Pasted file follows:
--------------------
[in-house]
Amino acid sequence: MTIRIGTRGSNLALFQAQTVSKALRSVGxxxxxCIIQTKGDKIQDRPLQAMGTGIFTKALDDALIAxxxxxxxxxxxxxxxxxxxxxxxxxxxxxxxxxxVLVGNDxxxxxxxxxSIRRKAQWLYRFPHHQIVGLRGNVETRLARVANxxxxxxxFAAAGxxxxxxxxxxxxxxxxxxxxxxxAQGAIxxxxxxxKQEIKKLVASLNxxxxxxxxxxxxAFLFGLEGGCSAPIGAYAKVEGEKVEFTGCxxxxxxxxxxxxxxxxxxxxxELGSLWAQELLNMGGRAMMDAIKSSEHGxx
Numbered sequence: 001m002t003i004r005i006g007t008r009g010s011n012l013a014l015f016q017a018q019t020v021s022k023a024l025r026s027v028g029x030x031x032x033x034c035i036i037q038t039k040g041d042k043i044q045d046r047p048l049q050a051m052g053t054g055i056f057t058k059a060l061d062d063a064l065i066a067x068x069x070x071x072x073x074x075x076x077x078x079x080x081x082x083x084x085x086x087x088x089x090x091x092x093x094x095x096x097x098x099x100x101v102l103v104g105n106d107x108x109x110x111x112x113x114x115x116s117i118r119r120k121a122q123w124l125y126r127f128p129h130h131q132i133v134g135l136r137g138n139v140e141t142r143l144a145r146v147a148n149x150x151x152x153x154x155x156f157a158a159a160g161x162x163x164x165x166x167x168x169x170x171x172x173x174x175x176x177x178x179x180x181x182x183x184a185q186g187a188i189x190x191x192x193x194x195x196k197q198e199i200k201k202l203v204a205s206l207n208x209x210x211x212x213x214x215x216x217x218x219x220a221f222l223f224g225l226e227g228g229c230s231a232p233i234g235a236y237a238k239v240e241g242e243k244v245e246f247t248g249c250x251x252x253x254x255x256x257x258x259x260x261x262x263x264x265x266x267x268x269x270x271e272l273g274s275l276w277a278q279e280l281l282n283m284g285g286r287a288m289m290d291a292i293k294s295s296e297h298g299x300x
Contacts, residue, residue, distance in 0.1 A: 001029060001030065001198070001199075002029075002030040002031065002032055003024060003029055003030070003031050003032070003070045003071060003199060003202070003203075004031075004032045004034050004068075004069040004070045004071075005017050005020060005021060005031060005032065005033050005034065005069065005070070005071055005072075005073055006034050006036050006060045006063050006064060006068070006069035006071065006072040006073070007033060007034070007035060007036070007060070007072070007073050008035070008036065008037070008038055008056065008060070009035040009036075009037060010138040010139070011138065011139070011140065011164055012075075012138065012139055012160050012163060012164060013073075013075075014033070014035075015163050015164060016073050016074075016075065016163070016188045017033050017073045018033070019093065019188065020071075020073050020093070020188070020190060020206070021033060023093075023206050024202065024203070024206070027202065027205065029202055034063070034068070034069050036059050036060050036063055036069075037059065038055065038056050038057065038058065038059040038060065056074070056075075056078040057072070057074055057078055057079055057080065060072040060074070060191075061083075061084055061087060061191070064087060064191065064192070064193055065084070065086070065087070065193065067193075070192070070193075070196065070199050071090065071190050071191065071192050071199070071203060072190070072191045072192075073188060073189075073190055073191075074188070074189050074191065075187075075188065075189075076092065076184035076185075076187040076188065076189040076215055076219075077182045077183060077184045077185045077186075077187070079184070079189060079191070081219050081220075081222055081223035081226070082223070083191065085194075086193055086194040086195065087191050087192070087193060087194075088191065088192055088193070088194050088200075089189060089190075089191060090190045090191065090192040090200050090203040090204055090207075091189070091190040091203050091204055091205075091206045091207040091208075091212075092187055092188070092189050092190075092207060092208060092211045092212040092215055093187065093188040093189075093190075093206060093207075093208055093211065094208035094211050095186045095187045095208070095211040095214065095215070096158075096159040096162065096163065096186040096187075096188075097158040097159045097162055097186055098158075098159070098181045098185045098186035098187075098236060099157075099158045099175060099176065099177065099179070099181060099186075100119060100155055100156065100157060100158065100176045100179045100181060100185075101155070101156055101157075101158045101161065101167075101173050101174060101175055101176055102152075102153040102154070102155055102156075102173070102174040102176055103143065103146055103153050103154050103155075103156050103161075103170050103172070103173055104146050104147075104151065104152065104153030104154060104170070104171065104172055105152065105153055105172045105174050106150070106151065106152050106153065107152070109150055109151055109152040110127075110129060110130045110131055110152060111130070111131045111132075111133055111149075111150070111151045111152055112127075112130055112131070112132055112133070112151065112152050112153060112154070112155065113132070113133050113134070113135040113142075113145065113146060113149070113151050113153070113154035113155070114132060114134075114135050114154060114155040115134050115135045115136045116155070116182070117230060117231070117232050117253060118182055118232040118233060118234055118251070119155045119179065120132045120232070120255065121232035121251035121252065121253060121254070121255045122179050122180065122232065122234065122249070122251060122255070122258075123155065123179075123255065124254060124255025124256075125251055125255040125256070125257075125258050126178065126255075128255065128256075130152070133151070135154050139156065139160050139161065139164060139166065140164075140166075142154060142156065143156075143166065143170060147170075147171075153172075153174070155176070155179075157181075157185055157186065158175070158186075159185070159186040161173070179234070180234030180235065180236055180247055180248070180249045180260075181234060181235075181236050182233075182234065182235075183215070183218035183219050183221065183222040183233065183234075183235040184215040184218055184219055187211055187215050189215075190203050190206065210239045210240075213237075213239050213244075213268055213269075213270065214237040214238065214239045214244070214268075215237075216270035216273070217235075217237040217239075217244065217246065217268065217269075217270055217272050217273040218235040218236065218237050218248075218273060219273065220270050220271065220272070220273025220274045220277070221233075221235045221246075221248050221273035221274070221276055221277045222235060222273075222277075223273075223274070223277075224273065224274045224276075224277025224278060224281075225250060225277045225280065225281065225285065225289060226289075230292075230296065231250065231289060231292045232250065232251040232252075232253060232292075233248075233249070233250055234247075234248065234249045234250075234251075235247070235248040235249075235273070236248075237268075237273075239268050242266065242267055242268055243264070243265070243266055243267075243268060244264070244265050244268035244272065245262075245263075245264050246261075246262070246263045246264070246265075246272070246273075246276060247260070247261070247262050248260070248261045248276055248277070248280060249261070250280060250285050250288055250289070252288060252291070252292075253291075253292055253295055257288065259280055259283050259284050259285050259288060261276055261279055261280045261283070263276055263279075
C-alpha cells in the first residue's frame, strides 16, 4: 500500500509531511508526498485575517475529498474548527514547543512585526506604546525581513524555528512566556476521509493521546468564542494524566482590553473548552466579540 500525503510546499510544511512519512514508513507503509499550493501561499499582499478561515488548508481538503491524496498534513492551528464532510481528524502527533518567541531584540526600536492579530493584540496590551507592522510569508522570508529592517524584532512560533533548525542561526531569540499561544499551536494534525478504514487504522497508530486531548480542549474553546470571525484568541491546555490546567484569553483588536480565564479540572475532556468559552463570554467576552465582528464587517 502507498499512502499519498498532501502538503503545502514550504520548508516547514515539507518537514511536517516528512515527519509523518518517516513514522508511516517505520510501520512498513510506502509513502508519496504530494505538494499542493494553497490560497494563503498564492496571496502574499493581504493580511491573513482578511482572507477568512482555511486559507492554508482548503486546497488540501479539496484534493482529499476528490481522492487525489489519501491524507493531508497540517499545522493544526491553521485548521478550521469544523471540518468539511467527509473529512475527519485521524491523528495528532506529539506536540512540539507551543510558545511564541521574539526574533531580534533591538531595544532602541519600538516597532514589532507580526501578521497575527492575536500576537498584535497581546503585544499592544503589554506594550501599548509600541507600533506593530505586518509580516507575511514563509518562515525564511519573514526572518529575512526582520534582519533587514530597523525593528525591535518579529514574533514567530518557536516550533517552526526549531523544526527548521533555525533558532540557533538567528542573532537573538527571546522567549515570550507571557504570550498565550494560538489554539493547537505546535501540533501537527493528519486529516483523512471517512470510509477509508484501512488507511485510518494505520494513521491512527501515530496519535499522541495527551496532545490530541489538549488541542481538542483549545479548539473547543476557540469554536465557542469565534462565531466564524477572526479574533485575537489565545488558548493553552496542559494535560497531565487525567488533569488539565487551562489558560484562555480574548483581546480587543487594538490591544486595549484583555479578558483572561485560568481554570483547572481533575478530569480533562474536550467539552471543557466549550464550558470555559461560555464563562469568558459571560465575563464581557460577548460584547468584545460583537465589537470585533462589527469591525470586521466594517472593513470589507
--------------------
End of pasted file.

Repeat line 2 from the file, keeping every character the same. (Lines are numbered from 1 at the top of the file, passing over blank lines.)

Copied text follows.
Amino acid sequence: MTIRIGTRGSNLALFQAQTVSKALRSVGxxxxxCIIQTKGDKIQDRPLQAMGTGIFTKALDDALIAxxxxxxxxxxxxxxxxxxxxxxxxxxxxxxxxxxVLVGNDxxxxxxxxxSIRRKAQWLYRFPHHQIVGLRGNVETRLARVANxxxxxxxFAAAGxxxxxxxxxxxxxxxxxxxxxxxAQGAIxxxxxxxKQEIKKLVASLNxxxxxxxxxxxxAFLFGLEGGCSAPIGAYAKVEGEKVEFTGCxxxxxxxxxxxxxxxxxxxxxELGSLWAQELLNMGGRAMMDAIKSSEHGxx